The left should embrace religious voters

Contrary to Nelson Jones, Demos's report shows that the faithful are key allies for progressives.

On Easter Sunday, Demos launched the first report in a three part series  on religion in society, community and politics. The first report, Faithful Citizens, looked at the much-discussed relationship between religion and civic engagement. One finding might have been expected: religious people are more likely to be engaged in civic life. Another was not: religious people are more likely to self-identify as left-wing than right.

The report has already caused a stir, running contrary to the expectations of some on the "progressive" left. On the New Statesman website yesterday, blogger Nelson Jones sought to rescue secular politics from the report's findings by pointing to "severe methodological flaws".

One of Jones’s key criticisms was that, contrary to what we claimed, non-religious people were in fact more likely to be left-wing than religious people: 62% of secularists place themselves on the left side of the spectrum compared to 55% of religious respondents.  True enough, but the report didn’t claim otherwise. We argued that a majority of religious people in the UK identify as left-wing or left-of-centre, which is contrary to the common assumption that religious citizens are more likely to be conservative. This misunderstanding on his part does not detract from the report’s central premise (let alone say anything about the methodology): that left-wing progressives should sit up and take notice of the fact that religious citizens in the UK may be their natural allies on more issues than they think.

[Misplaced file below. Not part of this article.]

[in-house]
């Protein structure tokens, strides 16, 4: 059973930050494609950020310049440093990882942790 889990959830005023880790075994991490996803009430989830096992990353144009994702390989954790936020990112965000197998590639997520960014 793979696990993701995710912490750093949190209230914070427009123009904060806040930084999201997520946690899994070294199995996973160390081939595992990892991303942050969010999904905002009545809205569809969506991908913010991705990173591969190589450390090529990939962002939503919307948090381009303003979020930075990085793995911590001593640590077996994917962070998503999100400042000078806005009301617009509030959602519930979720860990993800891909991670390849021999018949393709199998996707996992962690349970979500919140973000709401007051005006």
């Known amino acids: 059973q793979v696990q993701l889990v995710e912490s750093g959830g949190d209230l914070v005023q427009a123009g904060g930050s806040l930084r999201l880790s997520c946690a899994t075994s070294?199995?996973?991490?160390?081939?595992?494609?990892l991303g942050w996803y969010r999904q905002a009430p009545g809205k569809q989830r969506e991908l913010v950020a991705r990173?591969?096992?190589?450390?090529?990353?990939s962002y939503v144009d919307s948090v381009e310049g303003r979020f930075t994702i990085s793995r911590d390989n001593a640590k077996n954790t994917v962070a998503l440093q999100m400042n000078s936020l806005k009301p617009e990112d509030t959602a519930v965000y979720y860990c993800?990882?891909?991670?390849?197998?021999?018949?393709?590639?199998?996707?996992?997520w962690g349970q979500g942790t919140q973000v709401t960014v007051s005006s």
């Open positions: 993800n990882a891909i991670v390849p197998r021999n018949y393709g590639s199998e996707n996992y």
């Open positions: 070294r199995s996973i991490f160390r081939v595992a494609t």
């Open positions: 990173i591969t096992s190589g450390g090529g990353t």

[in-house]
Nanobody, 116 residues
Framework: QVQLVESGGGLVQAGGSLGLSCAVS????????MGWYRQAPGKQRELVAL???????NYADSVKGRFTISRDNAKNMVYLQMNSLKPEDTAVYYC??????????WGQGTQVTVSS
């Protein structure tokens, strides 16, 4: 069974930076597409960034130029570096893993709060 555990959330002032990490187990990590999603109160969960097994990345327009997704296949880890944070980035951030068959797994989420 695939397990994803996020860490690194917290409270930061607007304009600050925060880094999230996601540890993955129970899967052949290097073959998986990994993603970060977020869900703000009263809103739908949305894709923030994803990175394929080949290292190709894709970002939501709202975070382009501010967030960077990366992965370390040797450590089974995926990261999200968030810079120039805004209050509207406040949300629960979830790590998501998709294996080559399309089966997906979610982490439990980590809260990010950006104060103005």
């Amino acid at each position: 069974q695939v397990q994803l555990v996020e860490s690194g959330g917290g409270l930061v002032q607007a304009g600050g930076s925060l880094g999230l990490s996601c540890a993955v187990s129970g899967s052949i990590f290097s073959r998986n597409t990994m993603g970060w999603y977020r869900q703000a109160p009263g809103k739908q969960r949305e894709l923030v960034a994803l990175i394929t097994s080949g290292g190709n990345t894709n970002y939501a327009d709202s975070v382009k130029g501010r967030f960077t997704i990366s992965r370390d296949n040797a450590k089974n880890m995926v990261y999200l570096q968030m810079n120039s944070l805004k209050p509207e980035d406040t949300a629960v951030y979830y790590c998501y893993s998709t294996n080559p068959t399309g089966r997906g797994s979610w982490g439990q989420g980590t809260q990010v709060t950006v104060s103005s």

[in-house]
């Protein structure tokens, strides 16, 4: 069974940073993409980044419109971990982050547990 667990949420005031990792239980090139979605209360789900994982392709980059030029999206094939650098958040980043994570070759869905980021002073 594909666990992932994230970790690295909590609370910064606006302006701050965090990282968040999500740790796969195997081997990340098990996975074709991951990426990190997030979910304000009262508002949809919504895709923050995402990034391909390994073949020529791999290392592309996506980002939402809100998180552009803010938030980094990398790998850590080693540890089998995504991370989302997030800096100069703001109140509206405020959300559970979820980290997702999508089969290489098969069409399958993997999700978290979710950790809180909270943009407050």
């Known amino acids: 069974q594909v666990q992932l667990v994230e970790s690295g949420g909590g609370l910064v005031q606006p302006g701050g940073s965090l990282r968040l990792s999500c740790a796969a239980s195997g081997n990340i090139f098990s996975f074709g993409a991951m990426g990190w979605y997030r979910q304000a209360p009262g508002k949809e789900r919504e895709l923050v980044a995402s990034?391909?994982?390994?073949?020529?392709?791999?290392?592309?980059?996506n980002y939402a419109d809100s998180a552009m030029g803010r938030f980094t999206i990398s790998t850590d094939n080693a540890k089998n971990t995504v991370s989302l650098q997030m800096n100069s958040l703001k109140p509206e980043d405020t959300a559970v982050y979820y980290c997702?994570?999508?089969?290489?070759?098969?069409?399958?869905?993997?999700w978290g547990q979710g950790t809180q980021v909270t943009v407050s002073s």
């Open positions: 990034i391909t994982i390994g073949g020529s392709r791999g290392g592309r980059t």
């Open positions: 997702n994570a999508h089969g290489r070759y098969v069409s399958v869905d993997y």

Behind Jones’s straw man argument, and the misdirection and lazy assumptions that characterise his other two methodological "critiques" (all methodological issues are addressed directly in the report itself and I’d be happy to discuss any questions with readers directly) is a clear desire to airbrush faith out of civic and political life. It is precisely this instinct that risks producing a schism on the progressive left between groups who ought to be allies.

Of course, you cannot put people neatly into a political box and our report does not attempt to. The majority of religious citizens in the UK may be more conservative in some aspects (for example, valuing tradition and institutions), but hold progressive views with respect to those on the vulnerable fringes of society (e.g. immigrants).  They are also more likely than non-religious citizens (as a proportion of the total) to value equality over freedom – a traditional left-wing view. Many on the left have been uncomfortable if not hostile toward the religious.  However, as our research suggests, those on the left can not afford to isolate religious citizens as they are likely to form a core component of any election-winning progressive coalition.